Toyota has announced that it will expand its collaboration with Uber as part of efforts to develop and market autonomous ride-sharing as a mobility service at scale.

The Japanese automaker will invest US$500 million in Uber, and purpose-built Toyota vehicles will be deployed on Uber’s network with technology from both companies.

According to an official statement, the initial ‘Autono-MaaS’ (autonomous-mobility as a service) fleet will be based on the Toyota Sienna. It will feature both Uber’s autonomous driving system and the Toyota Guardian automated safety support system.

Toyota will also utilise its Mobility Services Platform (MSPF), its core information infrastructure for connected vehicles, with pilot-scale deployments set to begin on the Uber ride-sharing network in 2021.

“Uber’s automated driving system and Toyota’s Guardian system will independently monitor the vehicle environment and real-time situation, enhancing overall vehicle safety for both the automated driver and the vehicle. We look forward to this partnership accelerating both companies’ development and deployment of automated driving technology,” said Gill Pratt, Toyota Research Institute CEO and TMC Fellow.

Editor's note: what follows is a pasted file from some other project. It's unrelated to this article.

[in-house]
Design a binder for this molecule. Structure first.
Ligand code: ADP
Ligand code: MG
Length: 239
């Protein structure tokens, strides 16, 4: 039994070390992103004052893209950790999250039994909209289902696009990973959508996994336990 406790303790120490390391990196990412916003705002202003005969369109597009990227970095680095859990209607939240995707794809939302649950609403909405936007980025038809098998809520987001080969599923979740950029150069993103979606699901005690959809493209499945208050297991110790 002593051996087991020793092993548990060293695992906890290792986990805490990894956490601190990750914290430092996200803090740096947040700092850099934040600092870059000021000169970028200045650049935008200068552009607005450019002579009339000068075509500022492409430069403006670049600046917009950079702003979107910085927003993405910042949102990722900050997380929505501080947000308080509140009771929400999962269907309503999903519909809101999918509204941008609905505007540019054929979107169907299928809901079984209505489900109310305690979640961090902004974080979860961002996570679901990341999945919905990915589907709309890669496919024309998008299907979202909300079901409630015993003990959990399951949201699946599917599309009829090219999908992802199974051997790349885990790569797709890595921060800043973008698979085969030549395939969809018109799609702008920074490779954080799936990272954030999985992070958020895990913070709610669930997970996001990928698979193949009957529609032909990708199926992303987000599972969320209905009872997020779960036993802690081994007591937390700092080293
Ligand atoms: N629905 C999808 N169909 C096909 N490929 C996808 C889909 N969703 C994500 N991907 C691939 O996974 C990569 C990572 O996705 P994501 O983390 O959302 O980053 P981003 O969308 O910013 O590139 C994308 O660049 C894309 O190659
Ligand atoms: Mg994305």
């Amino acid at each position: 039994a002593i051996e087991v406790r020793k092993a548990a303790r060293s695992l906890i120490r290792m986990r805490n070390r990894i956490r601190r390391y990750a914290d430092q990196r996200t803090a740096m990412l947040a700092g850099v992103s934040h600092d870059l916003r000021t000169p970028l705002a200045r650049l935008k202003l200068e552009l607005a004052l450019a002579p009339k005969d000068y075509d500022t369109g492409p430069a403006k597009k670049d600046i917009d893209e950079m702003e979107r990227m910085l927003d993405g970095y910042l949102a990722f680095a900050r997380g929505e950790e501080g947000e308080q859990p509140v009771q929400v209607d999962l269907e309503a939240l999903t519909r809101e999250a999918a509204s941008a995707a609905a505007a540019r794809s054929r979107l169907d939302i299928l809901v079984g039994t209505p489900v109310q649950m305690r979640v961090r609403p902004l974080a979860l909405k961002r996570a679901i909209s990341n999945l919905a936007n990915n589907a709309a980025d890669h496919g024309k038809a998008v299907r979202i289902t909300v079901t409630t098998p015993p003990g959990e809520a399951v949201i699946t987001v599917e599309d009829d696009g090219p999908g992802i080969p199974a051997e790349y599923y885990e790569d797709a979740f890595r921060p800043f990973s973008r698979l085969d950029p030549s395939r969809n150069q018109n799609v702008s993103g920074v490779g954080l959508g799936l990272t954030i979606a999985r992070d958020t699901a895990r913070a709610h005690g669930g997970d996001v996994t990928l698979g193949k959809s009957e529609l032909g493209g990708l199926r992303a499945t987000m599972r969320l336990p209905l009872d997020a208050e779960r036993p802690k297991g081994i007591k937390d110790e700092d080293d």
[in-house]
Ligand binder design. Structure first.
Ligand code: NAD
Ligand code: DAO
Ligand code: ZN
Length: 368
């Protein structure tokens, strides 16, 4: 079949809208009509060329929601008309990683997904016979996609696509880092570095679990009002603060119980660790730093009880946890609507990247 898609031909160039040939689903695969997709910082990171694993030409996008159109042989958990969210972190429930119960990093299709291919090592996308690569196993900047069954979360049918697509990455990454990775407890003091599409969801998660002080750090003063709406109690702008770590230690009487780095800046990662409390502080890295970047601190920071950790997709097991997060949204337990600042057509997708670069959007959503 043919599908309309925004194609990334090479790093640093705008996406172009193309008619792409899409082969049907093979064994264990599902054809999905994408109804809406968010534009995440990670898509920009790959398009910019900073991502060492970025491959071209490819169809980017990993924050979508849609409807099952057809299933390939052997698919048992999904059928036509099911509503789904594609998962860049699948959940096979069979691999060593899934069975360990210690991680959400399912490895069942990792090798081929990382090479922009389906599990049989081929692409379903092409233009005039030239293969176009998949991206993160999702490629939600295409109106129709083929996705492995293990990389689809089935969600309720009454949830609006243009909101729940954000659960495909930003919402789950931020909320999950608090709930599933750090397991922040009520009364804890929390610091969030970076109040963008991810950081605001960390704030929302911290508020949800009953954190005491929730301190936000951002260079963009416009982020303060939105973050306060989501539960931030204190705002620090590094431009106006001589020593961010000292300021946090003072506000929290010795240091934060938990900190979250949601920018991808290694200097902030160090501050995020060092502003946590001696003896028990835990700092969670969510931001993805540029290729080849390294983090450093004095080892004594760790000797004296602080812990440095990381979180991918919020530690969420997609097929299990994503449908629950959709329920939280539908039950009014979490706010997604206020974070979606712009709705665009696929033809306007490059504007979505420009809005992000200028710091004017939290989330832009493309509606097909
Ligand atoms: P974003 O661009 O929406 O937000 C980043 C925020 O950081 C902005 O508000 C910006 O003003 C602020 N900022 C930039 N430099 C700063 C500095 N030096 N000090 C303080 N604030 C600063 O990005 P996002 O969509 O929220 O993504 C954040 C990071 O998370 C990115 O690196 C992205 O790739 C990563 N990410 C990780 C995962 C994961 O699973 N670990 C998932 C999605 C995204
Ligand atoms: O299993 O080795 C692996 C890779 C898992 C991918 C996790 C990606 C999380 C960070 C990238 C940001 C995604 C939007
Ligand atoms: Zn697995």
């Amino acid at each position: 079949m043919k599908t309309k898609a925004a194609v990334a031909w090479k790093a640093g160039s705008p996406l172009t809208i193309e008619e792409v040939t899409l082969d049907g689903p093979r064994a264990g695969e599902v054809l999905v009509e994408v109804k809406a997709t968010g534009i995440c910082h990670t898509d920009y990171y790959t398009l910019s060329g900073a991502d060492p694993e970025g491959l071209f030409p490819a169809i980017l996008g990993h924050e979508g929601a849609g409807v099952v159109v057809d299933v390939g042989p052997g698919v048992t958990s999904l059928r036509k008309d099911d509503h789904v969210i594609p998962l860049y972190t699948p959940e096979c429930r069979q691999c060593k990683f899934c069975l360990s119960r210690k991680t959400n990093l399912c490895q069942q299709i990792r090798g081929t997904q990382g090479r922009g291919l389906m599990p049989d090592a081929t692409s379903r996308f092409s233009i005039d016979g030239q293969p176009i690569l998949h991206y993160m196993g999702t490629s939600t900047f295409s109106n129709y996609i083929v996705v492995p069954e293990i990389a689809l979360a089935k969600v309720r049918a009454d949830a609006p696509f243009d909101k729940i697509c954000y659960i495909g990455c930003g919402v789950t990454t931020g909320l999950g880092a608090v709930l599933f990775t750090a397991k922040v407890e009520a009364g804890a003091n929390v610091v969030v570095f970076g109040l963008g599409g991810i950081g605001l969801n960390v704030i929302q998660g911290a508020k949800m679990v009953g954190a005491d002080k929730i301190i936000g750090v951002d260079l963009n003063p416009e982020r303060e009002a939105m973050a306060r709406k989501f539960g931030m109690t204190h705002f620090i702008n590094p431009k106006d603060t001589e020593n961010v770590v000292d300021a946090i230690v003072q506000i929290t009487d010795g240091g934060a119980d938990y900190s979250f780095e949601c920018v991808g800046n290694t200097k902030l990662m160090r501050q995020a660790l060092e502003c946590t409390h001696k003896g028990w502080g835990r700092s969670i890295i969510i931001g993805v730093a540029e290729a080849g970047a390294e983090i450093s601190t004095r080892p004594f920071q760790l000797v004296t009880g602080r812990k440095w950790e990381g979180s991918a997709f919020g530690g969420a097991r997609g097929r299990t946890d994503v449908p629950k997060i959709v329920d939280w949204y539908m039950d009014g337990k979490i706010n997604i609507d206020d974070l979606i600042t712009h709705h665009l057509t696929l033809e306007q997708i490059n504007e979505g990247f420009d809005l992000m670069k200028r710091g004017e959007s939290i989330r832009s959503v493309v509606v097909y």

For now, the proposed collaboration is subject to standard regulatory approvals but when approved, will aid in improving Uber’s self-driving business. A fatal accident involving a self-driving Uber vehicle in March dampened the company’s ambitions for an autonomous fleet, leading many to doubt its viability and more importantly, its safety.

During the incident, it was reported that the default safety systems on the Volvo XC90 were disabled, which could have prevented the crash. The presence of Toyota’s own safety systems in the forthcoming Uber test vehicles should provide some assurance when it comes to the safety of an autonomous ride-sharing fleet.